The opening phrase implies that we don’t know whether global warming is real, coupled with the “ice age prediction in the ’70s meme”– the usual climate skeptic line. And he obviously supports developing conventional energy resources.  (More recently, he said, “There is no overwhelming science that the things that are going on are man-caused and not naturally caused.” Jerry Brown sent him a pile of evidence in response). But then there’s also the statement that “we as responsible human beings must be concerned about our surroundings and what we will pass on to future generations. And he does call for “encouraging development of new renewable energy sources.”

He goes on to talk briefly about the need to develop energy, and he’s negative about “far left environmentalists,” but he doesn’t seem to just mean pulling more coal out of the ground:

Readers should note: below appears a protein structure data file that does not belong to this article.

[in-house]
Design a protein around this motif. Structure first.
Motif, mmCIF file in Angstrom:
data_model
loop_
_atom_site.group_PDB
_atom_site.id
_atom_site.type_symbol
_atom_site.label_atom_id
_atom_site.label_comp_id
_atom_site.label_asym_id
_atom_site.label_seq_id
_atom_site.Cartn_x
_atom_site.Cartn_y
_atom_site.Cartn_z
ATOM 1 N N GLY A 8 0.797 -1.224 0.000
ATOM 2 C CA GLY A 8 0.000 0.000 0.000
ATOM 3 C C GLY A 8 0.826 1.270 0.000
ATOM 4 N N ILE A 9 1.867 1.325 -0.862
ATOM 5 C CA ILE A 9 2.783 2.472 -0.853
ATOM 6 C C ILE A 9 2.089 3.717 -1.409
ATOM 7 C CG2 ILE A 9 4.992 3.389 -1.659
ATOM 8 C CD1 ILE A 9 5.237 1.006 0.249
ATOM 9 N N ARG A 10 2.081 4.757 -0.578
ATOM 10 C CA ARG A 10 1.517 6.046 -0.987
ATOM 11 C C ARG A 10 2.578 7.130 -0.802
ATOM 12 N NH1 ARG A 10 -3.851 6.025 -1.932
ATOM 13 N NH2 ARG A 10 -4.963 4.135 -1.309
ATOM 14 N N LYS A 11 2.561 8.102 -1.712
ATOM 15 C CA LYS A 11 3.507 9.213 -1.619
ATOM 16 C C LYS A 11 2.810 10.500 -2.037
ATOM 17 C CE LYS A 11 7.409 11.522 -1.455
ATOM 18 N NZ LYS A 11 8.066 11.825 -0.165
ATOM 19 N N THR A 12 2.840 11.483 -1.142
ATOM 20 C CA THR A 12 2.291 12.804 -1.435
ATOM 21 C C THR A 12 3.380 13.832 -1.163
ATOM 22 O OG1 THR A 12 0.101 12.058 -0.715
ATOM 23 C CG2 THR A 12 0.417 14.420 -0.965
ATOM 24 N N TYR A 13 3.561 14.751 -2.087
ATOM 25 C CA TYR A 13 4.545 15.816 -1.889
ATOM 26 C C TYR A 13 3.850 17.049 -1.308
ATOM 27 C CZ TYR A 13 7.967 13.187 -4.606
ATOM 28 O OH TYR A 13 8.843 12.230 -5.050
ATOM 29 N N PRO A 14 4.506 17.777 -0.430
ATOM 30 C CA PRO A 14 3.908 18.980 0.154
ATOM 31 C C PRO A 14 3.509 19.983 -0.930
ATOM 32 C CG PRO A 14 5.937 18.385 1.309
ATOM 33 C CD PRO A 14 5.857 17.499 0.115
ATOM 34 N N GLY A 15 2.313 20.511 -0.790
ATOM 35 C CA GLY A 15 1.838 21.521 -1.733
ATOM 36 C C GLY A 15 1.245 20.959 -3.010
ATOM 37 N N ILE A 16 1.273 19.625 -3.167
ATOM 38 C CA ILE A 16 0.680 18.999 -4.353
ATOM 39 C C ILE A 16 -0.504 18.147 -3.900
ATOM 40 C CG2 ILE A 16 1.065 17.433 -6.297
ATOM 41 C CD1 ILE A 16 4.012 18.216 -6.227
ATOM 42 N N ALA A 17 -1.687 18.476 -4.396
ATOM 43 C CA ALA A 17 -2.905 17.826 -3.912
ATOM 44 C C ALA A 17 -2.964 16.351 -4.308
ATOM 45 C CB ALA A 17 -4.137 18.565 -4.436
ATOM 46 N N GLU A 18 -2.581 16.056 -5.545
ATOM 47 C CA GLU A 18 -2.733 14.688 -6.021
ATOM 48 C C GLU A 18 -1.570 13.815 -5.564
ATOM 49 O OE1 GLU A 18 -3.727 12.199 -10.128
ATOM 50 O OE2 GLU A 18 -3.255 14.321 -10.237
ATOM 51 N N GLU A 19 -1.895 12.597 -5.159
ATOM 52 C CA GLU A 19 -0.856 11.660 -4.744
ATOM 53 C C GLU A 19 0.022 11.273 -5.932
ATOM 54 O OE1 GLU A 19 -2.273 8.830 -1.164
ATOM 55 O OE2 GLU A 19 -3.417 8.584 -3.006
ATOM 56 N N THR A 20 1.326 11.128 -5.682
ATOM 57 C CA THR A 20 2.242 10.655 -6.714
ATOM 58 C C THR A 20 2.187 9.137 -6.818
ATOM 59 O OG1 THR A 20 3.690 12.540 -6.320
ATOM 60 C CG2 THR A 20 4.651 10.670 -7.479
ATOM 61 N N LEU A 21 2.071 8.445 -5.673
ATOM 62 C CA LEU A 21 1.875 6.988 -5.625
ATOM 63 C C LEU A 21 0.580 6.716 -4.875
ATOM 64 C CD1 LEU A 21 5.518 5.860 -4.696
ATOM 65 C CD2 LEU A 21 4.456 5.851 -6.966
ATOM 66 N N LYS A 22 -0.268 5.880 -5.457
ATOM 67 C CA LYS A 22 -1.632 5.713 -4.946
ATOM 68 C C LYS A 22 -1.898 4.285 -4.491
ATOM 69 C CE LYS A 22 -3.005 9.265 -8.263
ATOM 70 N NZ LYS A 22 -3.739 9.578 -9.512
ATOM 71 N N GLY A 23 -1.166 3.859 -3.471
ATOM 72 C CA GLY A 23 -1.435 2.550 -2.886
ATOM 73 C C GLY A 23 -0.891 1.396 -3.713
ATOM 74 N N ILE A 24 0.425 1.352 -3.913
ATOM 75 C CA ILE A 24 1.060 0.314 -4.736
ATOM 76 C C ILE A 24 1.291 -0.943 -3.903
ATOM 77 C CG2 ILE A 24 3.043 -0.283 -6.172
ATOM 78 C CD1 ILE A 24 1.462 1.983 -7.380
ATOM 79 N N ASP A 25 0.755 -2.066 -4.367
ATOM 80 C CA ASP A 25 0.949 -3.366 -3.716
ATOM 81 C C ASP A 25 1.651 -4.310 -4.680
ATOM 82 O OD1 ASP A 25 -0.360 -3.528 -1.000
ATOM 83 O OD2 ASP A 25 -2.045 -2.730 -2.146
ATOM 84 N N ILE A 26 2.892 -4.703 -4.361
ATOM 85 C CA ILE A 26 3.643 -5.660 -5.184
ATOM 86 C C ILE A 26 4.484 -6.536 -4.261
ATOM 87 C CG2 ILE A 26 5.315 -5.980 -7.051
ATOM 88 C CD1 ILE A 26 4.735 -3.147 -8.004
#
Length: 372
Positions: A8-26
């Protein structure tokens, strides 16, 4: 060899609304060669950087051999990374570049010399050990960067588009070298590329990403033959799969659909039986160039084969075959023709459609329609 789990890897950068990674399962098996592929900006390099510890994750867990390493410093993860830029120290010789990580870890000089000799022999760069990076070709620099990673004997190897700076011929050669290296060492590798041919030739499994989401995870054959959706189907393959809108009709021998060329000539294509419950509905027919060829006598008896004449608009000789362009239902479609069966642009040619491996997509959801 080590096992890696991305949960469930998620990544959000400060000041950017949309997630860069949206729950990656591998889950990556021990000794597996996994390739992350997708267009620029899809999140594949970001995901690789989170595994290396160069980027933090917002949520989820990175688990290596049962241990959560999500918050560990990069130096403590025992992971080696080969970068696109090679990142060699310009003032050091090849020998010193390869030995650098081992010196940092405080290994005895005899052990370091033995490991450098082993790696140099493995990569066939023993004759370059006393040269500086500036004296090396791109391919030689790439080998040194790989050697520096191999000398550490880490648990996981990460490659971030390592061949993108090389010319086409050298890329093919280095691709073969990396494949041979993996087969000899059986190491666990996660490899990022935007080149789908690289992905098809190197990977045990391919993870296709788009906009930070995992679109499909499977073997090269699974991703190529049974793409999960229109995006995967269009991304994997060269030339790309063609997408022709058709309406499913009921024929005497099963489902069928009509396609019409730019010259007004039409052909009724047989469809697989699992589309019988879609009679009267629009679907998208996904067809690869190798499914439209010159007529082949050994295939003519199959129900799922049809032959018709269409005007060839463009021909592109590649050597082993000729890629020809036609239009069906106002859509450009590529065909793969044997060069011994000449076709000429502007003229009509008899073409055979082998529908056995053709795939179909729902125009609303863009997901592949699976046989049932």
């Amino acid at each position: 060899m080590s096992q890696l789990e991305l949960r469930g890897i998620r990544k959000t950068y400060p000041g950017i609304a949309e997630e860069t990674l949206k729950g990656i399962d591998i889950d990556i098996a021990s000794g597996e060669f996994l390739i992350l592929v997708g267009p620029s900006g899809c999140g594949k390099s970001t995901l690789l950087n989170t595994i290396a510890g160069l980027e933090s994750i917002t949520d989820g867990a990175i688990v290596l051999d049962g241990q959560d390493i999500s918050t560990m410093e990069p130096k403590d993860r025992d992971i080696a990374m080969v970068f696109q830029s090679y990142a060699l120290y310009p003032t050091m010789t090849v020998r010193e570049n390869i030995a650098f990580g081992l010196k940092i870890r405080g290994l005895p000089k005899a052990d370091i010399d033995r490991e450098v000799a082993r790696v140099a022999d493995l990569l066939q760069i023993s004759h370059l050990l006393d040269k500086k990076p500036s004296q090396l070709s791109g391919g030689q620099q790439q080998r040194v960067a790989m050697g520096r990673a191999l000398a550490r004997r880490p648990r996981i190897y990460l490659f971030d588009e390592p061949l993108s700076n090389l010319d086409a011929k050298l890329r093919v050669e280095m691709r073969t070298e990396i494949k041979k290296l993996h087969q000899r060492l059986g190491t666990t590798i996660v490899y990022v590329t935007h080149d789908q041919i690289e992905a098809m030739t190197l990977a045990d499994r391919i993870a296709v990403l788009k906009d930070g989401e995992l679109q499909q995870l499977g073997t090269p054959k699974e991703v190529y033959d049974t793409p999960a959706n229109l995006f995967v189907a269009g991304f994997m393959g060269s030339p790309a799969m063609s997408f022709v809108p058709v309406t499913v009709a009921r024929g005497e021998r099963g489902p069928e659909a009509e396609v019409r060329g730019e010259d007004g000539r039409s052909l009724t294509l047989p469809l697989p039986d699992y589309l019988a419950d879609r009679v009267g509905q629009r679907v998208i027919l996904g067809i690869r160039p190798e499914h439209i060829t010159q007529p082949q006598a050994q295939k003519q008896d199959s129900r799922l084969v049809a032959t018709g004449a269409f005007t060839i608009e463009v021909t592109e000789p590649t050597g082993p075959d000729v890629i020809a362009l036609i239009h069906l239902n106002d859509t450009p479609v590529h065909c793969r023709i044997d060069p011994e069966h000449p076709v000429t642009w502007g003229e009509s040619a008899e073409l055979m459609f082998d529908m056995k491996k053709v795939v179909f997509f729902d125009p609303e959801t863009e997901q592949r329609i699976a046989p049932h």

EU energy freedom would require the quick establishment of a rational energy development platform that does not cater to the far-left environmentalists. Many advocates of common sense are also very concerned about the environment but are reasonable enough to realize that rather than using Environmental Protection Agency regulations to stifle abundant energy production, we can use the EPA in conjunction with the spirit of innovation and entrepreneurship to produce and export a vast amount of clean energy.